Non-Duality

A Couple of Nifty Season Suggestions

Merry whatever it is you’re celebrating!

I’m thinking the next 2 issues will be review / prediction issues, as they go out the 24th and 31st.

Here are some suggestions.

The Eagles are one of the truly great bands. They released a new album last month, only available at Wal-Mart. It’s a double album and all but 2 of the tracks are new. (The 2 were written for their reunion tour.) I’ve played the albums just short of a million times. AMAZING!

Goldfrapp — I discovered this band watching “The L Word.” I promptly got all their albums, and love all of them. Kinda electronica, great voice on the lead singer. Try Supernature as a place to start.


A few thoughts about Non Duality

I recently cranked out another chapter in my newest book, which, by the bye, is coming out by July of next year, this chapter concerning Non Duality.

It’s, to me anyway, and odd little concept, and easily misunderstood.

Let’s begin with duality.

A way of thinking of duality is that one only knows something as it is compared to its opposite — sort of ‘this’ / ‘not this.’

For example, take height. Short and tall are relative concepts. In other words, there is no characteristic ‘tall’ that is a part of what is being described. To put this another way, Michael Jordan is tall - compared to the ‘national average,’ and to those shorter than he is. He is short compared to people taller than he.

This flies in the face of the deep western desire to label things — to come up with a rigid list — and (most important! — a permanent list.

Thus, in duality, there are ONLY opposites — good OR bad, right OR wrong, tall OR short.

Non duality is not at all interested in lists. Non dual thinking is that all things are everything, all the extremes and everything else in between.

Westerners try to sneak around the concept of non duality by saying, “I’m not a blank and white thinker. After all, things are really shades of gray.”

Many people I know tend to see themselves as ‘free thinkers.’ In a sense, they are fixated on ‘free thinking’ just as firmly as someone who thinks there is only one answer. Example; atheists have just as much faith in their belief as do the ‘theists’ they are criticizing.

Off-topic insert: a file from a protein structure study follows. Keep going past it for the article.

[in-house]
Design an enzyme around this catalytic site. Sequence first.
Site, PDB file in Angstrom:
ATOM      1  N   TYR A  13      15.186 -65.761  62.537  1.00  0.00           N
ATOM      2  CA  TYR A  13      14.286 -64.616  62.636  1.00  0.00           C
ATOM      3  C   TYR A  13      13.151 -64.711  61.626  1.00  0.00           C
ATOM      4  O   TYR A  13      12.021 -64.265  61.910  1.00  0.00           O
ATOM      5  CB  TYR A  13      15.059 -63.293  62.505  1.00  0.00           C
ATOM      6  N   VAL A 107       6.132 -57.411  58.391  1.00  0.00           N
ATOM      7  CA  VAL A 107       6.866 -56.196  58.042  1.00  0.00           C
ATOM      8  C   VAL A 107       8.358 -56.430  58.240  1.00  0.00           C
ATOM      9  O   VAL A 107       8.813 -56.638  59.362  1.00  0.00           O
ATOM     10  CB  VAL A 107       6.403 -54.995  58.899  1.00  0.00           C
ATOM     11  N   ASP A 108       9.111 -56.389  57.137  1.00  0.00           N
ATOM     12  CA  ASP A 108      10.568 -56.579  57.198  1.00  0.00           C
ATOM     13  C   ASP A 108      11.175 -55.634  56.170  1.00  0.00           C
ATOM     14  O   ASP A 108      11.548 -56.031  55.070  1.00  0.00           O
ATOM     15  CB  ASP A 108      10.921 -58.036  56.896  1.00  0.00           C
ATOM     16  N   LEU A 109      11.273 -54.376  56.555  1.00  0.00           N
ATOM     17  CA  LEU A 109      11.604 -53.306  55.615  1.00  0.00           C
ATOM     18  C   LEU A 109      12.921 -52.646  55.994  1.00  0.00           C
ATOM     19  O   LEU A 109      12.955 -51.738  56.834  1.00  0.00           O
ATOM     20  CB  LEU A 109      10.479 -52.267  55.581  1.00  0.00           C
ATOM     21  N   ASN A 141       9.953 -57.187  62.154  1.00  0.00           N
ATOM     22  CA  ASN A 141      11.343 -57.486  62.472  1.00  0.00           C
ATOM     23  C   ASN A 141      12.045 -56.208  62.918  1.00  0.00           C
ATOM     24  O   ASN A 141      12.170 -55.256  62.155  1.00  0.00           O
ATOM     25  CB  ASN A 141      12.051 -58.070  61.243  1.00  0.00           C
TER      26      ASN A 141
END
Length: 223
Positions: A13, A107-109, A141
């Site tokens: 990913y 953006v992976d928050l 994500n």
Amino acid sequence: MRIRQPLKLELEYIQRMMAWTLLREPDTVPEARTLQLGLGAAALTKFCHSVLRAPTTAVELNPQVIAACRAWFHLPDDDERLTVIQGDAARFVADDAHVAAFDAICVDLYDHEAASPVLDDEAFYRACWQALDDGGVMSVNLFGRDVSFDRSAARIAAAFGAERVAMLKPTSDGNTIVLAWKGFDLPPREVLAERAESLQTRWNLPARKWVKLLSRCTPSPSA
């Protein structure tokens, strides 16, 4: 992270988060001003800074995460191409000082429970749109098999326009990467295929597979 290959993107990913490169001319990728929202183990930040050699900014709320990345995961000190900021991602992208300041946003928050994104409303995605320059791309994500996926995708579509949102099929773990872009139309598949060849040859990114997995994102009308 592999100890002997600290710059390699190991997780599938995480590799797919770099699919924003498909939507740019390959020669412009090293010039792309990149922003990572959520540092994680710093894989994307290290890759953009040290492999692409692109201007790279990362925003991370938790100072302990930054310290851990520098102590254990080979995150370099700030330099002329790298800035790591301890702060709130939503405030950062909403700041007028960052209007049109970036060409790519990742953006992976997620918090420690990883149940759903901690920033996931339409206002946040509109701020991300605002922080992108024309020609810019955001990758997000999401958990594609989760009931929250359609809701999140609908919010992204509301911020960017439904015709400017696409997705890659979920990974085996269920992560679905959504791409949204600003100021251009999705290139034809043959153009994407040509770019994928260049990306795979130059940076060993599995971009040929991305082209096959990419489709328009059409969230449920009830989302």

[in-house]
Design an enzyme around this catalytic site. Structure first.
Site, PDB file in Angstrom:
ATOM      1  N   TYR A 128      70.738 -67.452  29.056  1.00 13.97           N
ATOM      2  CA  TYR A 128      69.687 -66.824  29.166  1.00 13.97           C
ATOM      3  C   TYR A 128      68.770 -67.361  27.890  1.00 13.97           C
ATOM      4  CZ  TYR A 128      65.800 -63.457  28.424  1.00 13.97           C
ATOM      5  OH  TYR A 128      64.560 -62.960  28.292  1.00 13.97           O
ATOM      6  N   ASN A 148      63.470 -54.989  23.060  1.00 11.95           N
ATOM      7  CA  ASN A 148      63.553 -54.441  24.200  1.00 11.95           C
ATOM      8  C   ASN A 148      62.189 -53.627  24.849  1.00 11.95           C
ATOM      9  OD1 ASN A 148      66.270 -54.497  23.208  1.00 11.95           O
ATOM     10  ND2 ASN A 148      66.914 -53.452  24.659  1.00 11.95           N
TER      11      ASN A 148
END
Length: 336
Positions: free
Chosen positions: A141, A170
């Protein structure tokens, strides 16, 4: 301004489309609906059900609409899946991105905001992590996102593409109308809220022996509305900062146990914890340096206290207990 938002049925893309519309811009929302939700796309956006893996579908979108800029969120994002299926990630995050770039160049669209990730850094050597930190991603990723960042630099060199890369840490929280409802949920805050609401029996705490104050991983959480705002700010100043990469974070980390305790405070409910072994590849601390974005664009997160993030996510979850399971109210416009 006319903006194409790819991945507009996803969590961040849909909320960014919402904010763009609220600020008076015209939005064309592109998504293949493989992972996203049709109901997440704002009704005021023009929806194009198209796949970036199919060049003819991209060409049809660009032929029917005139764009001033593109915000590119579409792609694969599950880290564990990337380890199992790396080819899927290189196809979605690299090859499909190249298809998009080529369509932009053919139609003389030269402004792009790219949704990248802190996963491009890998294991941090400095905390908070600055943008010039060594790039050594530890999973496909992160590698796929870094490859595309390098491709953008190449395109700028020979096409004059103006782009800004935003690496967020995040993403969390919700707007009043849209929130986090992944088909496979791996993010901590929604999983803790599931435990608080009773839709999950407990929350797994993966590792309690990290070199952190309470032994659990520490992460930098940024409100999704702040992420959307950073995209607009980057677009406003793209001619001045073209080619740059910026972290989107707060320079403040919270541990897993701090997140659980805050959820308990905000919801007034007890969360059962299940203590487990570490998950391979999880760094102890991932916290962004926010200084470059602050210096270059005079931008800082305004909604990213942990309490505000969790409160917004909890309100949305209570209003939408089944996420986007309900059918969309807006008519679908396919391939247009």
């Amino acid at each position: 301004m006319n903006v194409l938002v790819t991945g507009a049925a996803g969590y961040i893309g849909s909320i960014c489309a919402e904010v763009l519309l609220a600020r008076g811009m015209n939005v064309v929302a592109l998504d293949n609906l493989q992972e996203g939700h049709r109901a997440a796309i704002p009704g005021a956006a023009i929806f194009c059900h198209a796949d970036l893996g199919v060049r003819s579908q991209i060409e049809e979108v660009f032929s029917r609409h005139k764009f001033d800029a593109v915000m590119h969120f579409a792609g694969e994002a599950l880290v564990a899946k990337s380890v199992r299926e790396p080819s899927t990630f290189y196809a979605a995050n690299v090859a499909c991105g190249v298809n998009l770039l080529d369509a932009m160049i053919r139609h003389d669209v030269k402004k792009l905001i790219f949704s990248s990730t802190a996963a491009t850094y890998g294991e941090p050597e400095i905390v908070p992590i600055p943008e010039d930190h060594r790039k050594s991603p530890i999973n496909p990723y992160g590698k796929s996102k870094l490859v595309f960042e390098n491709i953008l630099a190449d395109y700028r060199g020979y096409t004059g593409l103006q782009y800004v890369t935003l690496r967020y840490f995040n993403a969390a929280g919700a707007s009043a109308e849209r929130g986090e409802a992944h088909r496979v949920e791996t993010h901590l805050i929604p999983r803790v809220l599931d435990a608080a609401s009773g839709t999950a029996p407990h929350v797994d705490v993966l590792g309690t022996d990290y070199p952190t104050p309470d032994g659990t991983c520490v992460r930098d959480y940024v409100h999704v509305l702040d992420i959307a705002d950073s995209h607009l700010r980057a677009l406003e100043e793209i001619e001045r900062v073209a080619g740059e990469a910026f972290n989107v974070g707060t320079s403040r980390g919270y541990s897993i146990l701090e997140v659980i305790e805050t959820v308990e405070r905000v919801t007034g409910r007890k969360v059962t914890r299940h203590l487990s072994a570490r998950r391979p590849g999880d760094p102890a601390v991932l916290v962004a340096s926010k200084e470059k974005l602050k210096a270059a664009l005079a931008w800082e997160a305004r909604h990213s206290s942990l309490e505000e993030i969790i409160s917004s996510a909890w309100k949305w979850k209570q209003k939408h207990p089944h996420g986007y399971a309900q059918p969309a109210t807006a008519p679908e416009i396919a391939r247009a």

Non duality,

on the other hand, (he writes with a smirk) is about loosening ones grip on one note being. Life becomes a dance. You notice that you are judging, labelling, boxing things up, and you have a breath and let go of the definitions. In this letting go process, your experience expands, and you see that whatever is going on has many aspects, all equally true.

Anything Goes?

Now, to western minds, that can sound an awful lot like “anything goes.” And in a sense, it is, as anything is how things are.

The other day, I was watching a friend get her shorts in a knot over office politics. She was upsetting herself, and she really wanted everyone else to ‘see the light.’
In other words, to see it her way.
I was thinking that they probably felt the same about her view.

This Leads to Several Approaches

  • One approach to this is to fight to get others to accept your view as right.
  • Another approach is to complain and give up.
  • A third approach is to accept that ‘everything goes, and here I go.’ Non duality accepts that this is the way it is. Different views, each seen as ‘right’ by the holder. I choose to act as I choose to act, without reference to lists or to the behaviour of others.

Or, as Gandhi put it,
“You must be the change you want to see in the world.”

Far too often, all we hear are lectures about what’s wrong, bad, stupid. I would much rather see an example of elegant, full bodied, dedicated, and clear living.